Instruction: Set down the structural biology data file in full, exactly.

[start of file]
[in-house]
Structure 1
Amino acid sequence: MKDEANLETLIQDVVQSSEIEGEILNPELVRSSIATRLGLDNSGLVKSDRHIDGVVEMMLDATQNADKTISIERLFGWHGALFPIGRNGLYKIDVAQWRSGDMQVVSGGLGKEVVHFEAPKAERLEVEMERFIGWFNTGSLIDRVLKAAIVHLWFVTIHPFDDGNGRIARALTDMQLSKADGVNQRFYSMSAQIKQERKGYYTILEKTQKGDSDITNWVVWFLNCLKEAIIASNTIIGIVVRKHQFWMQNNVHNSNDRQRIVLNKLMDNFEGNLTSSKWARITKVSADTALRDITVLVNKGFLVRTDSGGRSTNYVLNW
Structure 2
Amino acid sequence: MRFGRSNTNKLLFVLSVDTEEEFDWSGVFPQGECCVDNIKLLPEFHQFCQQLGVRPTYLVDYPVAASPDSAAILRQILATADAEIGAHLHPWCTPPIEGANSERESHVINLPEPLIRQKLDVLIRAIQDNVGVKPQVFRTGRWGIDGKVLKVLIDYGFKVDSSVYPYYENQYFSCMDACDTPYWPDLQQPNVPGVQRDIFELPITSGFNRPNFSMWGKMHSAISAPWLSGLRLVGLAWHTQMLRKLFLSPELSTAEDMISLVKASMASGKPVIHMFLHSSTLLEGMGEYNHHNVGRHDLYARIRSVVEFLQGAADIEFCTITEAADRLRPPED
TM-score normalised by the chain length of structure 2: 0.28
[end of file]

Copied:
[in-house]
Structure 1
Amino acid sequence: MKDEANLETLIQDVVQSSEIEGEILNPELVRSSIATRLGLDNSGLVKSDRHIDGVVEMMLDATQNADKTISIERLFGWHGALFPIGRNGLYKIDVAQWRSGDMQVVSGGLGKEVVHFEAPKAERLEVEMERFIGWFNTGSLIDRVLKAAIVHLWFVTIHPFDDGNGRIARALTDMQLSKADGVNQRFYSMSAQIKQERKGYYTILEKTQKGDSDITNWVVWFLNCLKEAIIASNTIIGIVVRKHQFWMQNNVHNSNDRQRIVLNKLMDNFEGNLTSSKWARITKVSADTALRDITVLVNKGFLVRTDSGGRSTNYVLNW
Structure 2
Amino acid sequence: MRFGRSNTNKLLFVLSVDTEEEFDWSGVFPQGECCVDNIKLLPEFHQFCQQLGVRPTYLVDYPVAASPDSAAILRQILATADAEIGAHLHPWCTPPIEGANSERESHVINLPEPLIRQKLDVLIRAIQDNVGVKPQVFRTGRWGIDGKVLKVLIDYGFKVDSSVYPYYENQYFSCMDACDTPYWPDLQQPNVPGVQRDIFELPITSGFNRPNFSMWGKMHSAISAPWLSGLRLVGLAWHTQMLRKLFLSPELSTAEDMISLVKASMASGKPVIHMFLHSSTLLEGMGEYNHHNVGRHDLYARIRSVVEFLQGAADIEFCTITEAADRLRPPED
TM-score normalised by the chain length of structure 2: 0.28